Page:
Underwriters have plenty to worry about, but there is one word that perhaps rattles them more than any other word. That word is aggregation.


Aggregation, in the transferred or covered risk usage, represents the multiplying potential of a risk. For examples, we can look back to the asbestos claims that did so much damage to Lloyds’ of London names and syndicates in the mid-1990s.

More recently, underwriters expressed fears about the aggregation of risk from lawsuits by football players at various levels of the sport. Players, from Pee Wee on up to the NFL, claim to have suffered irreversible brain damage from hits to the head.

That risk scenario has yet to fully play out — it will be decades in doing so — but it is already producing claims in the billions.

This year’s edition of our national-award winning coverage of the Most Dangerous Emerging Risks focuses on risks that have always existed. The emergent — and more dangerous — piece to the puzzle is that these risks are now super-charged with risk multipliers.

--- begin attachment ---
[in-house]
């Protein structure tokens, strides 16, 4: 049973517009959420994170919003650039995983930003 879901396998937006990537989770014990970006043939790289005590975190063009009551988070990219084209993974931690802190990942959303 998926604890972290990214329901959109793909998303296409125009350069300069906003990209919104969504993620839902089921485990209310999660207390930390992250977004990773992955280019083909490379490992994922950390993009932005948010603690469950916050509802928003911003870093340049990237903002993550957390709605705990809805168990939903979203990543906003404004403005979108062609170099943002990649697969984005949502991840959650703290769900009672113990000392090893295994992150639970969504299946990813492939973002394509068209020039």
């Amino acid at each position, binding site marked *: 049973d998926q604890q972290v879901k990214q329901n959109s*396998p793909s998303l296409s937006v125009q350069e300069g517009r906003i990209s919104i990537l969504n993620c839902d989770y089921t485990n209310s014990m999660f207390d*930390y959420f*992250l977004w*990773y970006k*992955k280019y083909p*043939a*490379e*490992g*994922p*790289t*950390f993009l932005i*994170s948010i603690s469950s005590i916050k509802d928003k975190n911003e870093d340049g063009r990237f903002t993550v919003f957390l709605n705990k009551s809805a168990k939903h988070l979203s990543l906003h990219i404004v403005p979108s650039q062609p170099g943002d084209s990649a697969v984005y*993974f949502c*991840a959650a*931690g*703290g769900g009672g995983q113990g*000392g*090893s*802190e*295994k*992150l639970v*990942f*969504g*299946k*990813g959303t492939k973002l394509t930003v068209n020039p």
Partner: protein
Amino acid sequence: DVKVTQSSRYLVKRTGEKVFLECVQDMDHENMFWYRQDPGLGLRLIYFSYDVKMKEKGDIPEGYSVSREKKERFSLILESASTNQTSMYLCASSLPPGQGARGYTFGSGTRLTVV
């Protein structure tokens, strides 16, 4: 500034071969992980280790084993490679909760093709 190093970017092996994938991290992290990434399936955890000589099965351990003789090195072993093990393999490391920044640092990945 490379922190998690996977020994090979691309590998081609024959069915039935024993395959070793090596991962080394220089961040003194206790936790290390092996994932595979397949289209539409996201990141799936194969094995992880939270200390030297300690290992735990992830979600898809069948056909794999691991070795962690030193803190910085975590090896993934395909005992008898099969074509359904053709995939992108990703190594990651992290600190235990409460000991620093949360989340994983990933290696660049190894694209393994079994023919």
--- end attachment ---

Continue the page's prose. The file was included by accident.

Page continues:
Take reputational risk, for example. Businesses and individuals that were sharply managed have always protected their reputations fiercely. In days past, a lapse in ethics or morals could be extremely damaging to one’s reputation, but it might take days, weeks, even years of work by newspaper reporters, idle gossips or political enemies to dig it out and make it public.

Brand new technologies, brand new commercial covers. It all works well; until it doesn’t.

These days, the speed at which Internet connectedness and social media can spread information makes reputational risk an existential threat. Information that can stop a glittering career dead in its tracks can be shared by millions with a casual, thoughtless tap or swipe on their smartphones.

Aggregation of uninsured risk is another area of focus of our Most Dangerous Emerging Risks (MDER) coverage.

The beauty of the insurance model is that the business expands to cover personal and commercial risks as the world expands. The more cars on the planet, the more car insurance to sell.